JERUSALEM-the 50 sites you may overlook

In a historic and religious city like Jerusalem there is so much to see no matter how much you tour. When time is a limiting factor, even the most efficient tour guides have to compromise while deciding what to incorporate in the itinerary. Although it depends on the interest of the individual visitor as well, there is still a huge must-see-list in Jerusalem that cannot be avoided. At every stop so much information is thrown on a visitor that sometimes s/he tends to forget the details after leaving the place.

I remember when I first visited the Church of Holy Sepulcher, it appeared to me more like a small museum than a church. I was virtually clueless inside a dark and dull overcrowded massive complex of more than 25 chapels with several curious artifacts and antiques scattered under some dusky arches and dingy columns. It took me at least three visits with a proper map in hand to understand the Church complex. A normal visitor for instance would be satisfied with Golgotha, the ‘Stone of Unction’ and the ‘Holy Sepulcher’, but the oldest part of the complex, viz. the first century tombs inside the Syrian Orthodox Chapel could be easily missed.

In the upcoming posts I plan to upload 50 such sites from Jerusalem that I believe can be easily overlooked or go unnoticed by an average visitor. I am incorporating the following sites from my previous visits, again with no specific order of importance. I am sure that a serious traveler who loves history, traditions and the Bible has noticed or been to most of them.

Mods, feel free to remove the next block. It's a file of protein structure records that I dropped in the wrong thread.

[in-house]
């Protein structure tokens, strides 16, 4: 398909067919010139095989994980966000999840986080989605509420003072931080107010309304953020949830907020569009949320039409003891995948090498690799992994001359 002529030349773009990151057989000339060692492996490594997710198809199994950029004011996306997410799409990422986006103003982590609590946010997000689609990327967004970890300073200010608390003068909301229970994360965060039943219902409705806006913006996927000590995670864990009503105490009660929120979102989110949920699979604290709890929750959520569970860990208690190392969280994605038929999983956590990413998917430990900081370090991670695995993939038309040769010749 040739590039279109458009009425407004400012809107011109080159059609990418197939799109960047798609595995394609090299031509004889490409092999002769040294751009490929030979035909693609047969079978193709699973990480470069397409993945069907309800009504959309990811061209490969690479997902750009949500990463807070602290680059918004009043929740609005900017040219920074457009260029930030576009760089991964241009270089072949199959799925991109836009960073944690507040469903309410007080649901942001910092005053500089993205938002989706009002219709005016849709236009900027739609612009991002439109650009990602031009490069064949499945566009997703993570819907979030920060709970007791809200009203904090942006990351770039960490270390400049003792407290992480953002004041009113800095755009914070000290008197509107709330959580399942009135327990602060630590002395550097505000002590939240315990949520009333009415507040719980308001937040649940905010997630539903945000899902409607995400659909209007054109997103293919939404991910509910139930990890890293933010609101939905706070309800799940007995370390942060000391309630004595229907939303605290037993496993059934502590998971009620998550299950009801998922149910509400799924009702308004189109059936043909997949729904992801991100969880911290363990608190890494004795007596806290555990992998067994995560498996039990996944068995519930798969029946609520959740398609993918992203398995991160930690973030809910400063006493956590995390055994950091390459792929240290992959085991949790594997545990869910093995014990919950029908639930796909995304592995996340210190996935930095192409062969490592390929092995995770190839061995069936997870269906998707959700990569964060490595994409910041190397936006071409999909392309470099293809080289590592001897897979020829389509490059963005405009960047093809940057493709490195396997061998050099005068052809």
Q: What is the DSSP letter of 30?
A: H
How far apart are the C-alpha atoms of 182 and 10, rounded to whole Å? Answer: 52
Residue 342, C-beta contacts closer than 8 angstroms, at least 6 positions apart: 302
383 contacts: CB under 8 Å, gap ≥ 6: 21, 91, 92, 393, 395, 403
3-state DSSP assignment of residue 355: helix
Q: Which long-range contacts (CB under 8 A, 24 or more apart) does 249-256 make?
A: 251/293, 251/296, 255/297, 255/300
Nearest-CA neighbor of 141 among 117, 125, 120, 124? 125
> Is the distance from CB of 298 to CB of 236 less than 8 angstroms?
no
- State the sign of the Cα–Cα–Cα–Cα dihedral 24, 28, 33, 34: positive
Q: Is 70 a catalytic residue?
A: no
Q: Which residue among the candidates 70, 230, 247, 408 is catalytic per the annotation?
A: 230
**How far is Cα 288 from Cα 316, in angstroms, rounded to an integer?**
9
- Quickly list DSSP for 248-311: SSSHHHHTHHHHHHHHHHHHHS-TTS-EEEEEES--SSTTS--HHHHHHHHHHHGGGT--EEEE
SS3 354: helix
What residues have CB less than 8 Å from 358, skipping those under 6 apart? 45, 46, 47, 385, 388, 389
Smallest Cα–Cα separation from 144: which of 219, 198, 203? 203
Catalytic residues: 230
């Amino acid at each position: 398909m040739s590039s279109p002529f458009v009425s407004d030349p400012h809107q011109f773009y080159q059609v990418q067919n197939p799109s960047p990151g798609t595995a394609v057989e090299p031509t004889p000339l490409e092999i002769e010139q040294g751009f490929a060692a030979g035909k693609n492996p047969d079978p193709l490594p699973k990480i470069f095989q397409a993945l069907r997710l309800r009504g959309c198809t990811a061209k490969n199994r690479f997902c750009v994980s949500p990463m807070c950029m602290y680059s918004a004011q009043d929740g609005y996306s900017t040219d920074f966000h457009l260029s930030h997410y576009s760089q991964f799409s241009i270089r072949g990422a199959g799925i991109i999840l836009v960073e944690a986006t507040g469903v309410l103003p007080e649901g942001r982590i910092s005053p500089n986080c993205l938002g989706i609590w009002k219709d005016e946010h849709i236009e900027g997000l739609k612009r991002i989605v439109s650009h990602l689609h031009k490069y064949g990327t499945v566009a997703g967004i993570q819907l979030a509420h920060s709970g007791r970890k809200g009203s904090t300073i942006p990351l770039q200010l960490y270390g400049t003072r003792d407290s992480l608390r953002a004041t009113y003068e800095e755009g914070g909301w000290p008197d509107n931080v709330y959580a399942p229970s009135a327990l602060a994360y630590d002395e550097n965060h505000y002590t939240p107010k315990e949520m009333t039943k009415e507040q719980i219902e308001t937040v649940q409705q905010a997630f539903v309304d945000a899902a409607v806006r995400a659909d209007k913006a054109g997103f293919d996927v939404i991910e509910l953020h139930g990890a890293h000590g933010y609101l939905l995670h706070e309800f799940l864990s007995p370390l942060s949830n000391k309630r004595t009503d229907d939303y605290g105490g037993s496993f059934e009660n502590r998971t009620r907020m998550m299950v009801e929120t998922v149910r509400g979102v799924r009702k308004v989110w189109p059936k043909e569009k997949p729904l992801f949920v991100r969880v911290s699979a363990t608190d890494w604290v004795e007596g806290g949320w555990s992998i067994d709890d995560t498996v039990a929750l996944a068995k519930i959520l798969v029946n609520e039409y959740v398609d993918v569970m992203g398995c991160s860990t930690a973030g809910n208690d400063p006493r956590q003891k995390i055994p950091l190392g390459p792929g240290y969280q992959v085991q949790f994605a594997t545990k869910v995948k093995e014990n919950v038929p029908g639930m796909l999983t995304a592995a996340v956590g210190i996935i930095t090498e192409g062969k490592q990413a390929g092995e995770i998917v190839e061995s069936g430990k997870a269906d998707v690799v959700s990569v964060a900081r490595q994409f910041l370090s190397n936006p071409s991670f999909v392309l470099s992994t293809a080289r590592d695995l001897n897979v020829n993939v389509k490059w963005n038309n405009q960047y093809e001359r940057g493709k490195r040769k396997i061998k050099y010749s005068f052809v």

Friday, June 7, 2013

11. Judean Desert from Jerusalem.


 Judean Desert from Augusta Victoria Bell Tower

 Augusta Victoria Lutheran Evangelical Church of Ascension and its Bell Tower
Photos-25 August 2009

Judean Desert from Hebrew University Mount Scopus
Photo-11 December, 2009

Jerusalem is a city with several viewpoints; the most famous of them face west to the historic old city. However, Jerusalem is surrounded from the east by a dry desert, the Judean Desert which stretches up to the Dead Sea. I am told that if you are very lucky, it is possible to see the brilliant blue of the north of the Dead Sea from Jerusalem, provided you find a good viewpoint and more importantly a clear and bright sky. Dead Sea is approximately 35 km east to Jerusalem, but there is an altitude difference of 1200 meters. An ideal viewpoint to see the Judean Desert from Jerusalem is the bell tower of Augusta Victoria Church. Located at the summit of Mount Olives, the 50 meters tall bell tower gives an excellent view to the Judean desert, but there is the cost of climbing 223 sprightly steps! I wasn’t lucky to have a nice weather that day so you can see the photos are not clear. The Hebrew University campus in Mount Scopus is another choice, but the best spot I believe would be the 64 meters tall bell tower of the Russian Orthodox Church of Ascension in the Mount of Olives. Unfortunately, the bell tower is opened only once a year and I have not seen so far any pictures from the Russian Orthodox Bell Tower towards the Judean Desert.

Location

The bell tower is part of the ‘Augusta Victoria Lutheran Evangelical Church of Ascension’ (1910) located on the north side of Mount of Olives. The church is part of the Augusta Victoria Hospital located on Martin Buber Street. If you are using public transport, the best way is to get down at the hospital stop using Arab Bus No 75 from Damascus Gate.

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